Renewable energy has a strong showing in 2020 despite a pandemic-hobbled economy
Energize Weekly, November 18, 2020
The novel coronavirus pandemic has taken a toll on the global economy and the energy industry, but renewable energy generation set records in 2020, according to two analyses.
The International Energy Agency (IEA) reported that new, installed renewable generation worldwide set a record, as did the amount of renewable electricity generate and auctioned renewable capacity.
Meanwhile in the U.S., new wind installations are poised to set a record 23 gigawatts (GW) of capacity for the year – surpassing the 2012 highwater mark by 75 percent, according to the federal Energy Information Administration (EIA).
“The pandemic continues to affect the global economy and daily life,” the IEA said in its annual renewable energy report. “However, renewable markets, especially electricity-generating technologies, have already shown their resilience to the crisis.”
While global energy demand is set to drop 5 percent for the year, renewable electricity generation is projected to grow by 7 percent in 2020, thanks to long-term contracts and priority access to the grid.
And despite what IEA calls “looming economic uncertainties,” investment in renewables remained strong. For the first ten months of the year auctioned renewable energy capacity was 15 percent higher than for the same period in 2019 – a record.
Driven by China and the United States, net installed renewable capacity will grow by almost 4 percent globally this year to a total of nearly 200 GW.
“Higher additions of wind and hydropower are taking global renewable capacity additions to a new record this year, accounting for almost 90 percent of the increase in total power capacity worldwide,” the IEA said.
Photovoltaic (PV) solar growth is projected to be stable with an increase in utility-scale projects and a decrease in rooftop and distributed solar as the pandemic depressed investment in the sector. Still, an estimated 17 GW of solar will be added in 2020.
Wind and solar PV additions are set to jump by 30 percent in China and the U.S. as developers hurry to finish projects before changes in policy take effect.
The forecast for 2021 is even more robust and renewable generating capacity is on track for a record expansion of nearly 10 percent over 2020 to reach a total of more than 218 GW in operation.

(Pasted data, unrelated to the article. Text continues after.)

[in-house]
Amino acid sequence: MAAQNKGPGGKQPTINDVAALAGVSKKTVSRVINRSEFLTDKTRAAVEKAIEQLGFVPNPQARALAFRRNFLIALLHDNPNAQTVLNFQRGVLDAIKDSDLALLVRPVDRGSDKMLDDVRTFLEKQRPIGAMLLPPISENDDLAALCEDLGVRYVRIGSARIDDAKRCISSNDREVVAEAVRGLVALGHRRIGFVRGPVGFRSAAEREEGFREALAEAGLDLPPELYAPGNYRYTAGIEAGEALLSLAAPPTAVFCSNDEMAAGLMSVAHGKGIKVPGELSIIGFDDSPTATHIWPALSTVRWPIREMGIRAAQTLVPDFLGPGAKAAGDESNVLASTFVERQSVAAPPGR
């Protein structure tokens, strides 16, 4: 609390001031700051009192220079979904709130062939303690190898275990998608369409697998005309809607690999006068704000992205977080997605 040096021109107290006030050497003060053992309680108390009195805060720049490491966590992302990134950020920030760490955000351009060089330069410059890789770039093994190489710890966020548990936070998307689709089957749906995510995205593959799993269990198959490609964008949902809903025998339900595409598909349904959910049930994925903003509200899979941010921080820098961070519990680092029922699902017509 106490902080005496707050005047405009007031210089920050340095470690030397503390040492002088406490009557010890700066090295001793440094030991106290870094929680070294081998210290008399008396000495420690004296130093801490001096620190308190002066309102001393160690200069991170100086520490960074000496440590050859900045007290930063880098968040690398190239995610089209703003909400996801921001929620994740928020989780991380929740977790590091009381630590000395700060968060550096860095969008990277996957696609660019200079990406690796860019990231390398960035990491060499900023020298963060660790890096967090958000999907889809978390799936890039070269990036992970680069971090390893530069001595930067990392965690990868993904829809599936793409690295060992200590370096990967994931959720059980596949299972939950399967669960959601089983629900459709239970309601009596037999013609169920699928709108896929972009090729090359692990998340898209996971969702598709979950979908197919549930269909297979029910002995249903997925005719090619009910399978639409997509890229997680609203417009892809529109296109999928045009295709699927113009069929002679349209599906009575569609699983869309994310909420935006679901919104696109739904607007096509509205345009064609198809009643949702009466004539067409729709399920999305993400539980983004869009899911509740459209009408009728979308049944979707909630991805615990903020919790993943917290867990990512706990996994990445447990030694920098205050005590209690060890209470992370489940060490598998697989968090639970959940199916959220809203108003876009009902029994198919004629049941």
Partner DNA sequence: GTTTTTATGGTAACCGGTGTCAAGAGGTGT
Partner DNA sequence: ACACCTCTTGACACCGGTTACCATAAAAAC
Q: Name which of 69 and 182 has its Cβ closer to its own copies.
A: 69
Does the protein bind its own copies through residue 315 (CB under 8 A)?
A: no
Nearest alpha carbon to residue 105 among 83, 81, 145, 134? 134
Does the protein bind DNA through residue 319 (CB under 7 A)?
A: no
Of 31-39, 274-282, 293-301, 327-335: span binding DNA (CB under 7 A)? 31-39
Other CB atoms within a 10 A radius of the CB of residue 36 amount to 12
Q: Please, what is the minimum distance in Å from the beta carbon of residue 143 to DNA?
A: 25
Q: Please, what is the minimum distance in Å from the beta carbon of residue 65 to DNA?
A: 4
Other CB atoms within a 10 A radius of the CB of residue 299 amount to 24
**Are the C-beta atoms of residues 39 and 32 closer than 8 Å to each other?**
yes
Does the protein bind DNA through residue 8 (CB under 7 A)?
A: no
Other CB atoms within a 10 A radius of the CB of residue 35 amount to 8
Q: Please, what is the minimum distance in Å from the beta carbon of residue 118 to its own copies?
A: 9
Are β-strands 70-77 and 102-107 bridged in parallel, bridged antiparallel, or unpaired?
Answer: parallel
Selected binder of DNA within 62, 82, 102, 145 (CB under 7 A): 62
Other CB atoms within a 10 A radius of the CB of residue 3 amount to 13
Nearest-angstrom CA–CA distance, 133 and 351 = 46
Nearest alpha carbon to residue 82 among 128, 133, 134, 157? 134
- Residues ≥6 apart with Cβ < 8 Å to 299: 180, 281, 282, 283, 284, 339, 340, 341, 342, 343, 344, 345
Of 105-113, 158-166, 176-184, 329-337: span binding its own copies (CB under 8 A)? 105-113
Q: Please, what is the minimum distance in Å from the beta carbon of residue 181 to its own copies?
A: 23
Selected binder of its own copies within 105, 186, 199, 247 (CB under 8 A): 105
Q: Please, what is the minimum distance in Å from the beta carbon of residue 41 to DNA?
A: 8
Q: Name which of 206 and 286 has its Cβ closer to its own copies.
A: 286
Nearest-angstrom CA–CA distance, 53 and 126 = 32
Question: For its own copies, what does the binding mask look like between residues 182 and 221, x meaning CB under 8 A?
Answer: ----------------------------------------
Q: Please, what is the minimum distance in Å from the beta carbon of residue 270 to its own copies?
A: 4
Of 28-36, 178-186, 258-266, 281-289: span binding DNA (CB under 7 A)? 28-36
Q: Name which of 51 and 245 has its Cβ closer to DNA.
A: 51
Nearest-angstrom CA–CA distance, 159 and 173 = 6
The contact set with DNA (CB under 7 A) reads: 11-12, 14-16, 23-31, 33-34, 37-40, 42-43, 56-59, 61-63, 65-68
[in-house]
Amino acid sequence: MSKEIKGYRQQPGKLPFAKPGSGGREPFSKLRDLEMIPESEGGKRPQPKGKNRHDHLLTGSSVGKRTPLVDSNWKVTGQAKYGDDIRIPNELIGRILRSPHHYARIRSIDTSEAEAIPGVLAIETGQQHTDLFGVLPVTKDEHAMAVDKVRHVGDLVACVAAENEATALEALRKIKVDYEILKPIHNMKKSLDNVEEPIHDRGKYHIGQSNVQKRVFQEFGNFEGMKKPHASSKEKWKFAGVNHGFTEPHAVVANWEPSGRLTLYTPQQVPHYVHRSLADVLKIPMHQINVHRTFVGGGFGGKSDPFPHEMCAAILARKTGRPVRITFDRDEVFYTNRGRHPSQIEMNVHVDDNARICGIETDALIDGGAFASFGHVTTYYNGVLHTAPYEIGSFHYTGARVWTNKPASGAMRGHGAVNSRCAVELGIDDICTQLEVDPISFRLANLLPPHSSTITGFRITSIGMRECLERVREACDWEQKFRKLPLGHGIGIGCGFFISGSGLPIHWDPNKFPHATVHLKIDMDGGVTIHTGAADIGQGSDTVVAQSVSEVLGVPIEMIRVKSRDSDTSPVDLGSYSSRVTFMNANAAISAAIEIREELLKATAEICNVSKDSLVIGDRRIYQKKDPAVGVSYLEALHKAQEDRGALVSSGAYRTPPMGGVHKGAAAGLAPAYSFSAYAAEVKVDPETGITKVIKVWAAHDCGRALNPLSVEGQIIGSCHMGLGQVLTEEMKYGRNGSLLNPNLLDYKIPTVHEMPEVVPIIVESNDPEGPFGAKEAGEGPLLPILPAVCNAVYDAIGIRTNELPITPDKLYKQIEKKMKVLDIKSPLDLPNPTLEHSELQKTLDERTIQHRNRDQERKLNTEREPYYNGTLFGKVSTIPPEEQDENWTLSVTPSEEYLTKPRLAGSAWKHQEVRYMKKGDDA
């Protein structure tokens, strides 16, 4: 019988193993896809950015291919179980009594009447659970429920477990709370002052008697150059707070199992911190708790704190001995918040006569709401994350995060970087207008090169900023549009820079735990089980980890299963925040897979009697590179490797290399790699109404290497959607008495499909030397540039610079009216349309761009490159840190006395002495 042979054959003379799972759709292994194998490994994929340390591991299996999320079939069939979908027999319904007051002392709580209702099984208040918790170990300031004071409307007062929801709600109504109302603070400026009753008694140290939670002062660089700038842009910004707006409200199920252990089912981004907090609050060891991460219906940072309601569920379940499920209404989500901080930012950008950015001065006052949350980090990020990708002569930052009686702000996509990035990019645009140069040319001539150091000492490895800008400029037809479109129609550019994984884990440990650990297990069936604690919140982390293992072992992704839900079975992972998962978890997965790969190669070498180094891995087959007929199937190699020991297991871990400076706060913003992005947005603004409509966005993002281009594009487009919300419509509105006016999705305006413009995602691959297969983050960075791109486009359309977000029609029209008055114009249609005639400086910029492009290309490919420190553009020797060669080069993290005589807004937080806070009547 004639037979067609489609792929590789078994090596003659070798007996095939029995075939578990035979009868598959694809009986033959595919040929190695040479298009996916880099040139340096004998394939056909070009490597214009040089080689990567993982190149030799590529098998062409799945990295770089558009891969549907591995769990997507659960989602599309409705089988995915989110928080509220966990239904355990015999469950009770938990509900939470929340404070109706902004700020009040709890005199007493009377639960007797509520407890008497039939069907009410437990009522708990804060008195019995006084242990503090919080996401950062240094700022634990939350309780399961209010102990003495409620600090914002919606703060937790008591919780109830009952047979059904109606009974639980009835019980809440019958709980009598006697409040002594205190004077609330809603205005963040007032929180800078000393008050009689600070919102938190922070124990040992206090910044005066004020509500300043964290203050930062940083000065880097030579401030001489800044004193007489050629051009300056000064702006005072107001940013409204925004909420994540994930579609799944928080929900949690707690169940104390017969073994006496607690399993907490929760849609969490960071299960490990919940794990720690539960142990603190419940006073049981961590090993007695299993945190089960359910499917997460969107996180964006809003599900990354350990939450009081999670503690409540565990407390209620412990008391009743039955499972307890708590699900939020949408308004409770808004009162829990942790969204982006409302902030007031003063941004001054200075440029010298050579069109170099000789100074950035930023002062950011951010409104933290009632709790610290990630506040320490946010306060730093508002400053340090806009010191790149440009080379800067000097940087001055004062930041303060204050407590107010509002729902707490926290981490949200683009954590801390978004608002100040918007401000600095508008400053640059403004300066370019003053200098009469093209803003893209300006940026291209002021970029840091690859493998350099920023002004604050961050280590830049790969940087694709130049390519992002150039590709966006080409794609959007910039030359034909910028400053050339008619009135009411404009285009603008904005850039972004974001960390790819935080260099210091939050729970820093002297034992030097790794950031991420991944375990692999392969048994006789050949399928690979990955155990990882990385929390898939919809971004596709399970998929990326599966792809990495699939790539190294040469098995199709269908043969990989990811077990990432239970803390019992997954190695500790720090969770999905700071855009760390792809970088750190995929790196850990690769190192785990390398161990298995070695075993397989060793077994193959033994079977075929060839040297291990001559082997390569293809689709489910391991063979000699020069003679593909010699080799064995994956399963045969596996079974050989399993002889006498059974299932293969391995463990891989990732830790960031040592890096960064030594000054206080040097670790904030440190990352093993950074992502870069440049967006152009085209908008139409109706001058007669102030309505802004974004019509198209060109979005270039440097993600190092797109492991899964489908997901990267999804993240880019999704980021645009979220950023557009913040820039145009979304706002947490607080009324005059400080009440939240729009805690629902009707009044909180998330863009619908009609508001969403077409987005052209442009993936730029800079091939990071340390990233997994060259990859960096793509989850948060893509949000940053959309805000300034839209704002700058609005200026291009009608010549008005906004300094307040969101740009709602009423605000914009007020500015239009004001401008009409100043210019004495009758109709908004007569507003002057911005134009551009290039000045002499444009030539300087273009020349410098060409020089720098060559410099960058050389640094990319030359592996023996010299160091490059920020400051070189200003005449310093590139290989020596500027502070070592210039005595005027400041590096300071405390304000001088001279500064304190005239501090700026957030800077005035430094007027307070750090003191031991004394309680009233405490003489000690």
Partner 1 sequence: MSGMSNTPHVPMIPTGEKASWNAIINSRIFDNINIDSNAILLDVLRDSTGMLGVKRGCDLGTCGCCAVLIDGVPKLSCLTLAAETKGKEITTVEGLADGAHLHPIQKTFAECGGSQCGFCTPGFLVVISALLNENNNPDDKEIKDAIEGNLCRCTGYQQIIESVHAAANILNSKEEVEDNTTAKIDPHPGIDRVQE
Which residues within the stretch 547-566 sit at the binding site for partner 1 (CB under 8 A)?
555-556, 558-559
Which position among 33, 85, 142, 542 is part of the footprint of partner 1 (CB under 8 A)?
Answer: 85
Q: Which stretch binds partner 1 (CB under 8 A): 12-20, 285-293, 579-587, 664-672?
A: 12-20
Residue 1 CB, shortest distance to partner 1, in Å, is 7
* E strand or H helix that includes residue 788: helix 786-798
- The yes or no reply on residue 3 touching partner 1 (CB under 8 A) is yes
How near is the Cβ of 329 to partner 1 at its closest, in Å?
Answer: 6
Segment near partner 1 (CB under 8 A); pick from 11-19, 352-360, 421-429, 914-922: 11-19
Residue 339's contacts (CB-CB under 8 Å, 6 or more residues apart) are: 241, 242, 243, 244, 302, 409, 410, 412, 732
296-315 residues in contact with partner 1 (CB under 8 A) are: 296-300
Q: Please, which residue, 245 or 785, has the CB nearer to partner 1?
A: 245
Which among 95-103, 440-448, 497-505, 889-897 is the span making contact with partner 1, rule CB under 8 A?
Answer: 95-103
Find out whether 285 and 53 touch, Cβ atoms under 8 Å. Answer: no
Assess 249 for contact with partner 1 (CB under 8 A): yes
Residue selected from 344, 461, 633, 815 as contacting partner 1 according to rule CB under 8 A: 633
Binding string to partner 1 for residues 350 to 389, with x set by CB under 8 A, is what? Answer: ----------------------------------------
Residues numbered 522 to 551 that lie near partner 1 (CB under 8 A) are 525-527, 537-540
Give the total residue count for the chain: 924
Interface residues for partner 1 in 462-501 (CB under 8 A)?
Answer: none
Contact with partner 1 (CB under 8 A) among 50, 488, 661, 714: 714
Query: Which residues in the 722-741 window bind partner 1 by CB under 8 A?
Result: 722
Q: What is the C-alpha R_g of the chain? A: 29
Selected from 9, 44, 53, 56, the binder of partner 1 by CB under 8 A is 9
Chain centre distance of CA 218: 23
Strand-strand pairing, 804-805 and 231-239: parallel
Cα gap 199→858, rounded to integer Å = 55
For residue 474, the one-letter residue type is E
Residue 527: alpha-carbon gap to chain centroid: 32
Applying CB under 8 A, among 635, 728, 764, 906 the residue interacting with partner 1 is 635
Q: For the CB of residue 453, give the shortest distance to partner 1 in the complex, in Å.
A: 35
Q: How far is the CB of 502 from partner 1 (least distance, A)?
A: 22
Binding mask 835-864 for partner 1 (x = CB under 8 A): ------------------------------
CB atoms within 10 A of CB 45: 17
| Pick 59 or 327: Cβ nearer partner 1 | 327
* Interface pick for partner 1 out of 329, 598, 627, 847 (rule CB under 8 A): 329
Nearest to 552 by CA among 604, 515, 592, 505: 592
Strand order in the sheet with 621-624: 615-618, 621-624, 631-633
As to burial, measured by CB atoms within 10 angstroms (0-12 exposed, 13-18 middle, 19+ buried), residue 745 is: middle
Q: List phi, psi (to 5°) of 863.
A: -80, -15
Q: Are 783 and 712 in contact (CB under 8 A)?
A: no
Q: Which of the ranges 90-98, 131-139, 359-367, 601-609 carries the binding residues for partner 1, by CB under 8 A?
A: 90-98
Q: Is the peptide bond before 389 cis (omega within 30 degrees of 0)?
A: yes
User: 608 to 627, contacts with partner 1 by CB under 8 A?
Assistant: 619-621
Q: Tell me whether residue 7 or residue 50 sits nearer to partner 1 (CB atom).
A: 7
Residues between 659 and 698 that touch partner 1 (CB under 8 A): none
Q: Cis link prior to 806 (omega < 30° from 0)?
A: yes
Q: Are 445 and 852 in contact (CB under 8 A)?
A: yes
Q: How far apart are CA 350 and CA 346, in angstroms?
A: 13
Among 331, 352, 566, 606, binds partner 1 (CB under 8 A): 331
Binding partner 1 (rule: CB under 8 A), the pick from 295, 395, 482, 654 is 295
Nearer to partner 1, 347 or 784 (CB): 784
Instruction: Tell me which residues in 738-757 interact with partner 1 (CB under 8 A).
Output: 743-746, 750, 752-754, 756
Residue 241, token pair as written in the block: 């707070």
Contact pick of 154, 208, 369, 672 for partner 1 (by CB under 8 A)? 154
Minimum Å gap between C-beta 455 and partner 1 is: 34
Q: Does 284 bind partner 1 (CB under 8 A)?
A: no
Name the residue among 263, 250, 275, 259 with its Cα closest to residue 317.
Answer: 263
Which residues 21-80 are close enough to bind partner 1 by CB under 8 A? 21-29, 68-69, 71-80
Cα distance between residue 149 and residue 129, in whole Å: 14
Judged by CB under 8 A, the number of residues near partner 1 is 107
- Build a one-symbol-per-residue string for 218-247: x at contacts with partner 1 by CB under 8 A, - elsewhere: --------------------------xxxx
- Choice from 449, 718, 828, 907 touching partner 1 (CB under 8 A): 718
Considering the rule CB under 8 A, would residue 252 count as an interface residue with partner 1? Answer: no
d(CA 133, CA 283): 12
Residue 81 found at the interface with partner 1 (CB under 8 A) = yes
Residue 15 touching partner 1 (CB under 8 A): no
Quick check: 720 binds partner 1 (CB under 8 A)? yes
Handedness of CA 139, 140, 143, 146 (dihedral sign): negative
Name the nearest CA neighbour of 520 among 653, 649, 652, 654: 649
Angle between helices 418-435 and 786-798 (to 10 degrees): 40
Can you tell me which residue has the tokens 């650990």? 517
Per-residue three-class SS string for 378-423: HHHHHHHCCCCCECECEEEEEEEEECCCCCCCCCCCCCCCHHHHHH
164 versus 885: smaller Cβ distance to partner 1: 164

In 2021, India is projected to be the biggest renewables market with capacity jumping to 16 GW from 9 GW in 2020.
The European Union, with the adoption of new renewable energy policies, is also in line to see a jump in installed capacity to 32 GW for 2021 from 26 GW this year, the IEA said.
Solar PV will account for 60 percent of all renewable generation through 2025, with wind adding another 30 percent.
At the current pace, wind and solar PV generation will surpass natural gas generation in 2023 and coal-fired generation, the largest single source of electricity worldwide, in 2024, the agency said.
By 2025, there will be 2,349 GW of installed wind and solar compared to 1,999 GW of natural gas and 2,079 GW of coal-fired capacity.
“Despite the challenges emerging from the COVID crisis, the fundamentals of renewable energy expansion have not changed,” the IEA said. “Solar PV and onshore wind are already the cheapest ways of adding new electricity-generating plants in most countries today. In countries where good resources and cheap financing are available, wind and solar PV plants will challenge existing fossil fuel plants.”
Hydropower will, however, remain the mainstay of total renewable generation supplying almost half of all renewable electricity.
The U.S wind industry is playing a big role in the renewable energy surge as more than 23 GW of wind turbines are slated to come online in 2020, according to the EIA.
The bulk of this capacity – 18.5 GW – is expected to be added in the last four months of the year as developers seek to access federal Production Tax Credits before they are phased out in 2021.
EIA’s Energy Outlook shows wind’s share of total electricity generation rising to 8.8 percent in 2020 from 7.4 percent in 2019 and it forecasts wind rising to 10.3 percent in 2021.
Still, the tax credit phaseout has left fewer projects in the pipeline in 2021, the agency said.
“Lower revenues and scarcity of capital have produced fewer projects in advanced development, the longest consecutive decline since 2016, and will result in a more than 40 percent decrease in additions from 2021 to 2023,” the EIA said.
The move by five coastal states – Massachusetts, Rhode Island, Connecticut, New York, and New Jersey – to include offshore wind in their comprehensive energy plans and issue calls for bids will help bolster the market.
The five have tenders for offshore wind totaling 10 GW of projects.
“With a large amount of capacity already awarded, the United States is forecast to install more offshore wind capacity in 2024 than any other country in the world,” the EIA said.